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Radiation implosion is the compression of a target by the use of high levels of electromagnetic radiation. The major use for this technology is in fusion bombs and inertial confinement fusion research.
Radiation implosion was first developed by Klaus Fuchs and John von Neumann in the United States, as part of their work on the original "Classical Super" hydrogen bomb design. Their work resulted in a secret patent filed in 1946, and later given to the USSR by Fuchs as part of his nuclear espionage. However, their scheme was not the same as used in the final hydrogen bomb design, and neither the American nor the Soviet programs were able to make use of it directly in developing the hydrogen bomb (its value would only become apparent after the fact). A modified version of the Fuchs-von Neumann scheme was incorporated into the "George" shot of Operation Greenhouse.
In 1951, Stanislaw Ulam had the idea to use hydrodynamic shock of a fission weapon to compress more fissionable material to incredible densities in order to make megaton-range, two-stage fission bombs. He then realized that this approach might be useful for starting a thermonuclear reaction. He presented the idea to Edward Teller, who realized that radiation compression would be both faster and more efficient than mechanical shock. This combination of ideas, along with a fission "sparkplug" embedded inside of the fusion fuel, became what is known as the Teller–Ulam design for the hydrogen bomb.
Fission bomb radiation source
Most of the energy released by a fission bomb is in the form of x-rays. The spectrum is approximately that of a black body at a temperature of 50,000,000 kelvins (a little more than three times the temperature of the Sun's core). The amplitude can be modeled as a trapezoidal pulse with a one microsecond rise time, one microsecond plateau, and one microsecond fall time. For a 30 kiloton fission bomb, the total x-ray output would be 100 terajoules.
In a Teller-Ulam bomb, the object to be imploded is called the "secondary". It contains fusion material, such as lithium deuteride, and its outer layers are a material which is opaque to x-rays, such as lead or uranium-238.
In order to get the x-rays from the surface of the primary, the fission bomb, to the surface of the secondary, a system of "x-ray reflectors" is used.
The reflector is typically a cylinder made of a material such as uranium. The primary is located at one end of the cylinder and the secondary is located at the other end. The interior of the cylinder is commonly filled with a foam which is mostly transparent to x-rays, such as polystyrene.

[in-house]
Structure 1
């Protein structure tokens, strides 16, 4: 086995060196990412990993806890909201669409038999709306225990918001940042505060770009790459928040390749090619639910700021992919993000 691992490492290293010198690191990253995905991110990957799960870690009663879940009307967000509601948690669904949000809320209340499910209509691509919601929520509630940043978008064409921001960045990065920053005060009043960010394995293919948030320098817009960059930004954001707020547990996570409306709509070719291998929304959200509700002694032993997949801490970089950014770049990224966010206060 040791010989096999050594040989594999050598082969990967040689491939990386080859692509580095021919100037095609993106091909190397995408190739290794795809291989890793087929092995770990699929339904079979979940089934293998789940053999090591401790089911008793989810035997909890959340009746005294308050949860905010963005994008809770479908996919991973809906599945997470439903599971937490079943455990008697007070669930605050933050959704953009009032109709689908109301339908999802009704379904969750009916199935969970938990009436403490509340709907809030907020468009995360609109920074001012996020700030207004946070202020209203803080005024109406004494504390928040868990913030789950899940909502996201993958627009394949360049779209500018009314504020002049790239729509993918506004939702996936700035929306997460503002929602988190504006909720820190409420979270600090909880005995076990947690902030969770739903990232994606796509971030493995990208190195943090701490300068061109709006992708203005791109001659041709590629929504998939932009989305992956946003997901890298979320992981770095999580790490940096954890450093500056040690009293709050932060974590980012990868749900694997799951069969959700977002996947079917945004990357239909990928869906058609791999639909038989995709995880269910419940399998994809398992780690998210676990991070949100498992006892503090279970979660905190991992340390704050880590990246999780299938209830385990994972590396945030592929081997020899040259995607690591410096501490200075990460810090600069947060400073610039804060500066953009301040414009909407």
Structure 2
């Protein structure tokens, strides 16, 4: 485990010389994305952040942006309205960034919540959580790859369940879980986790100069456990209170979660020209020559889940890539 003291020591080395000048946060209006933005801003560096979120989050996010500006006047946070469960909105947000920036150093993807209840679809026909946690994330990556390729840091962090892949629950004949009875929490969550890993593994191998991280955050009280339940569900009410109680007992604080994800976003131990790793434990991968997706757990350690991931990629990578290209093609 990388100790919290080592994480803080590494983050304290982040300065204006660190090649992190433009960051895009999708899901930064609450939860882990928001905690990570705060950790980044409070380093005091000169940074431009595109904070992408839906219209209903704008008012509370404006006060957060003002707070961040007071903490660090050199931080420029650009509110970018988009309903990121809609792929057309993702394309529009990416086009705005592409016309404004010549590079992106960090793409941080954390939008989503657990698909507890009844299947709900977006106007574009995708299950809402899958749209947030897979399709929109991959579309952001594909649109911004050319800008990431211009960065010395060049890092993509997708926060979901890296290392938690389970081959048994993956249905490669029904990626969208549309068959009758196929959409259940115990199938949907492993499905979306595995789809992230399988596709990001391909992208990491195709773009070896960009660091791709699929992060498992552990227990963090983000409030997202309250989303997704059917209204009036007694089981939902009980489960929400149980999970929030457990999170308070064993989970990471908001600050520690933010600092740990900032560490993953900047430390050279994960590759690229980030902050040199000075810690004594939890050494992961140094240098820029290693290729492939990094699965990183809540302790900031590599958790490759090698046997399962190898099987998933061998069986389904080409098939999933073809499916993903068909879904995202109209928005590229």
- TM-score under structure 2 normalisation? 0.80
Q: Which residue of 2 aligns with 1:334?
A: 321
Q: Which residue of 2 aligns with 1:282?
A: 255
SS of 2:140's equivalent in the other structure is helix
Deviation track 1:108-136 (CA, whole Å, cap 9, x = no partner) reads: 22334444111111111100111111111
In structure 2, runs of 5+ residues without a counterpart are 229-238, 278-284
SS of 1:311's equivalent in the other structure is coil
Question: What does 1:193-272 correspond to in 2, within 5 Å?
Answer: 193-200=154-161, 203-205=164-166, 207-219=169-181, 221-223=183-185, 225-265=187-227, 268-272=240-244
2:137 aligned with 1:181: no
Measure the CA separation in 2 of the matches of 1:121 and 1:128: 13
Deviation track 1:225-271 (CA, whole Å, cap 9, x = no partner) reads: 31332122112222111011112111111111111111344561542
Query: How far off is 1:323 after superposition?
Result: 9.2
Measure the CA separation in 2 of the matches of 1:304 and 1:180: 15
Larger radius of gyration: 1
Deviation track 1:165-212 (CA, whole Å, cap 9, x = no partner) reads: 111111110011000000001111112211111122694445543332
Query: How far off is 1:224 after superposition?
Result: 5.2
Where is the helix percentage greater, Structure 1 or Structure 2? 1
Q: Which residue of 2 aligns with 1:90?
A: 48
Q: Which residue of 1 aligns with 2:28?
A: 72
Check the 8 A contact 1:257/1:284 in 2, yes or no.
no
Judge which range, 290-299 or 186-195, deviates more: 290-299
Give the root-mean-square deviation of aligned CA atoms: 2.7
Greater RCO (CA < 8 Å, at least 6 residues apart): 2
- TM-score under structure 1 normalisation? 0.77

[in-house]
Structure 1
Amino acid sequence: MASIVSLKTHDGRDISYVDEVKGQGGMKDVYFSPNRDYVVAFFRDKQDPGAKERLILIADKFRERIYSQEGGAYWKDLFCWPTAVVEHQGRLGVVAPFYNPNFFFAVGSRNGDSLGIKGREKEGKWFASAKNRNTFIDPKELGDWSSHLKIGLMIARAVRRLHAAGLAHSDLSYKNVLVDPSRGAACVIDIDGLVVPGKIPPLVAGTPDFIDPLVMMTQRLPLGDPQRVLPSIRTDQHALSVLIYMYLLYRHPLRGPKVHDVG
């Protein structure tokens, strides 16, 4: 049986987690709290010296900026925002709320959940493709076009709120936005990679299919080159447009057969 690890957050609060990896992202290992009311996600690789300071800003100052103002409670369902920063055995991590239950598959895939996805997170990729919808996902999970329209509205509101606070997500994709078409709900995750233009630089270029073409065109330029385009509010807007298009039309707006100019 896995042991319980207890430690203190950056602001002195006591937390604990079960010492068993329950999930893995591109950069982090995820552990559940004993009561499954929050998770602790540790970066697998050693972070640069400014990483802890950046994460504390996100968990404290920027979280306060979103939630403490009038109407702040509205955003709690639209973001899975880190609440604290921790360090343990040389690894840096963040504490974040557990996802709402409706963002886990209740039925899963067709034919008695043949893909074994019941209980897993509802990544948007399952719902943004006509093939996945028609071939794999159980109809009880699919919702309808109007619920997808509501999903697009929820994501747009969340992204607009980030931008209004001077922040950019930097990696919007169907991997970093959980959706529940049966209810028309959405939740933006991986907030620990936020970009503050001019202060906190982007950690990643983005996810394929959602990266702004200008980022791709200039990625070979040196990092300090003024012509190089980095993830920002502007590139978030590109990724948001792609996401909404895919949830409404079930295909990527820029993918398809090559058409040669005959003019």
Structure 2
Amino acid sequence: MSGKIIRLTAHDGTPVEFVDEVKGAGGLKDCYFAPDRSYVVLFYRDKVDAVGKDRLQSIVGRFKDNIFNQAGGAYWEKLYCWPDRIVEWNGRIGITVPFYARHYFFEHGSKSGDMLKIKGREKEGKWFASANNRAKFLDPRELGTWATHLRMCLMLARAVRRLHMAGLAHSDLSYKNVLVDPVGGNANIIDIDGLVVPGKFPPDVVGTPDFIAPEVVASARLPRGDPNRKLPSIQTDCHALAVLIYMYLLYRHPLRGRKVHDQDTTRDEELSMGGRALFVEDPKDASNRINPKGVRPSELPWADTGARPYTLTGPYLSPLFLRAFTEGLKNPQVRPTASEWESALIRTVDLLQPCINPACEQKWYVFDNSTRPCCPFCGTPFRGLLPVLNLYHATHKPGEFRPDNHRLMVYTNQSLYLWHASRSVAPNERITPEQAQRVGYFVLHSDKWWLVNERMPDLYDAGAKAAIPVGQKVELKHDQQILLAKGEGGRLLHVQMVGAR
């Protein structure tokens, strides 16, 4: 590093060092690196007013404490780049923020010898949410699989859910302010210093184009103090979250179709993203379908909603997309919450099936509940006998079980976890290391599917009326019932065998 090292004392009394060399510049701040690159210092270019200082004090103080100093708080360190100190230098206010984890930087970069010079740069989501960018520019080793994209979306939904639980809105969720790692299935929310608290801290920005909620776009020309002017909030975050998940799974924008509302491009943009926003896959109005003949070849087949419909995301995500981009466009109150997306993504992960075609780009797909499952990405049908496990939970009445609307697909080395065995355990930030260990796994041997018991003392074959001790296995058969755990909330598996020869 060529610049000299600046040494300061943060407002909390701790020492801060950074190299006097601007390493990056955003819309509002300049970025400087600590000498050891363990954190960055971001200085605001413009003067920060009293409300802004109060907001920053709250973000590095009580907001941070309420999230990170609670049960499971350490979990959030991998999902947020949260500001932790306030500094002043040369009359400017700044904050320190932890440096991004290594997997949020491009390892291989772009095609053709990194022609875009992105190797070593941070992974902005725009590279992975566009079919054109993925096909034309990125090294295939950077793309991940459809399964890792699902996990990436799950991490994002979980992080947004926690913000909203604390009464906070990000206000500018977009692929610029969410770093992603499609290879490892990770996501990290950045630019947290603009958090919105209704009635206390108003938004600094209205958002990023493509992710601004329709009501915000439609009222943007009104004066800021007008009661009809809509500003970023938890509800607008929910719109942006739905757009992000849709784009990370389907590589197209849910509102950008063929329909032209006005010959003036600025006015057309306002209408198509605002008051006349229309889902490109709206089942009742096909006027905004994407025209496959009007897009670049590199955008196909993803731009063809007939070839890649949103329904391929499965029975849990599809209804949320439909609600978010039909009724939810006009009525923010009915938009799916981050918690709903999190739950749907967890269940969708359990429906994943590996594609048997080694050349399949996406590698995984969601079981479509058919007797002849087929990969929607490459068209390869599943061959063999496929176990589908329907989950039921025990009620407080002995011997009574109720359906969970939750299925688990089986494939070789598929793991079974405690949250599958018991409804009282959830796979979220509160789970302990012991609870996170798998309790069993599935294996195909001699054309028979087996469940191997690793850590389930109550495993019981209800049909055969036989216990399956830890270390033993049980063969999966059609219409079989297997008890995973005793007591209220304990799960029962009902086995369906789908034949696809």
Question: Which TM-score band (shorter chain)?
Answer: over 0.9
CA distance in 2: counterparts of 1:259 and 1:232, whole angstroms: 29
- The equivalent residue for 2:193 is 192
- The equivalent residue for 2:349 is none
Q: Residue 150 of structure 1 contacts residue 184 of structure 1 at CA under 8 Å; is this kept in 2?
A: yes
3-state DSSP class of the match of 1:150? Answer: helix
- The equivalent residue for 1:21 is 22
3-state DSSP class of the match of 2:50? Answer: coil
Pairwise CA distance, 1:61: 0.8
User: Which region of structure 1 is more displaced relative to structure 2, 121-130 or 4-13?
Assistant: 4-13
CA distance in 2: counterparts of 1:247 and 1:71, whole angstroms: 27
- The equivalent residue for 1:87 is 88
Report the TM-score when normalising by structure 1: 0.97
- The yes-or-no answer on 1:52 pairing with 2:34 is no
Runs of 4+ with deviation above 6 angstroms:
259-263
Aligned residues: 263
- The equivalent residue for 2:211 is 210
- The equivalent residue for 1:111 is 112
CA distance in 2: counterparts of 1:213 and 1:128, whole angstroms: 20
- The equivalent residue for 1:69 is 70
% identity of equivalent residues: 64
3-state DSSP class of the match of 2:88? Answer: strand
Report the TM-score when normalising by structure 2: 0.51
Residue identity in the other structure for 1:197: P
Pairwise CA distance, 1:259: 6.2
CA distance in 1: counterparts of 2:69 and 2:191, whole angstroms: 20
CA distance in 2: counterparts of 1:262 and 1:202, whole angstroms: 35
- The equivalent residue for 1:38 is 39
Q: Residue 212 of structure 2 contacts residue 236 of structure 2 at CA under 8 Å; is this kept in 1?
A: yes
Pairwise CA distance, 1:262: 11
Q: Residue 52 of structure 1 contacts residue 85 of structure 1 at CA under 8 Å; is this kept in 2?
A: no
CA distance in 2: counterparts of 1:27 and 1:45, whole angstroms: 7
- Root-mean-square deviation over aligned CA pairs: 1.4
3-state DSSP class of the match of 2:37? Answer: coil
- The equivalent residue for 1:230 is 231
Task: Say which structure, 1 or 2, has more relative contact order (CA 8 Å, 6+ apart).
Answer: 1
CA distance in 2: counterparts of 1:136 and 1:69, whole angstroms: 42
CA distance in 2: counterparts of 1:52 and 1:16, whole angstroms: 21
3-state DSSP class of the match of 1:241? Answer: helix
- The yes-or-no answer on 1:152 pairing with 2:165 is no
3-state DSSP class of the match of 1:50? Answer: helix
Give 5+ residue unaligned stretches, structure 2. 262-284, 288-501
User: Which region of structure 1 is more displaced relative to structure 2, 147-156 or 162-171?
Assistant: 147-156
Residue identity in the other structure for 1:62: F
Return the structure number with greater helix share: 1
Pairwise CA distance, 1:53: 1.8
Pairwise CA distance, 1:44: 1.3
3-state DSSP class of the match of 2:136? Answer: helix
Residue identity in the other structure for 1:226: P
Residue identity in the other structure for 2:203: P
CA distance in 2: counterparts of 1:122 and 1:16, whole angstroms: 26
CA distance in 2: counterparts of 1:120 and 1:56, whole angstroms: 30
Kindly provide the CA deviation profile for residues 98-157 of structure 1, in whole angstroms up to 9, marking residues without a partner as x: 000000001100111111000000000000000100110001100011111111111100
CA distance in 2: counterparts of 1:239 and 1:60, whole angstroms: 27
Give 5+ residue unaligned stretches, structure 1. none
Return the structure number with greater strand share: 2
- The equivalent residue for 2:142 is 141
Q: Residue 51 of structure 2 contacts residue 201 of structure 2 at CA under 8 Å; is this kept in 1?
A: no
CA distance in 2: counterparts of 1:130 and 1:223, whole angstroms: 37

The term reflector is misleading, since it gives the reader an idea that the device works like a mirror. Some of the x-rays are diffused or scattered, but the majority of the energy transport happens by a two-step process: the x-ray reflector is heated to a high temperature by the flux from the primary, and then it emits x-rays which travel to the secondary. Various classified methods are used to improve the performance of the reflection process.
Some Chinese documents show that Chinese scientists used a different method to achieve radiation implosion. According to these documents, an X-ray lens, not a reflector, was used to transfer the energy from primary to secondary during the making of the first Chinese H-bomb. Most of these Chinese documents are in Chinese language.
The implosion process in nuclear weapons
The term "radiation implosion" suggests that the secondary is crushed by radiation pressure, and calculations show that while this pressure is very large, the pressure of vaporized materials caused by it is much larger. The outer layers of the secondary become so hot that they vaporize and fly off the surface at high speeds. The recoil from this surface layer ejection produces pressures which are an order of magnitude stronger than the simple radiation pressure. The so-called radiation implosion in thermonuclear weapons is therefore thought to be a radiation-powered ablation-drive implosion.
Laser radiation implosions
There has been much interest in the use of large lasers to ignite small amounts of fusion material. This process is known as inertial confinement fusion (ICF). As part of that research, much information on radiation implosion technology has been declassified.
When using optical lasers, there is a distinction made between "direct drive" and "indirect drive" systems. In a direct drive system, the laser beam(s) are directed onto the target, and the rise time of the laser system determines what kind of compression profile will be achieved.
In an indirect drive system, the target is surrounded by a shell (called a Hohlraum) of some intermediate-Z material, such as selenium. The laser heats this shell to a temperature such that it emits x-rays, and these x-rays are then transported onto the fusion target. Indirect drive has various advantages, including better control over the spectrum of the radiation, smaller system size (the secondary radiation typically has a wavelength 100 times smaller than the driver laser), and more precise control over the compression profile.
- Jeremy Bernstein, "John von Neumann and Klaus Fuchs: an Unlikely Collaboration", Physics in Perspective 12, no. 1 (March 2010), 36-50.
- For example, see Zhang paper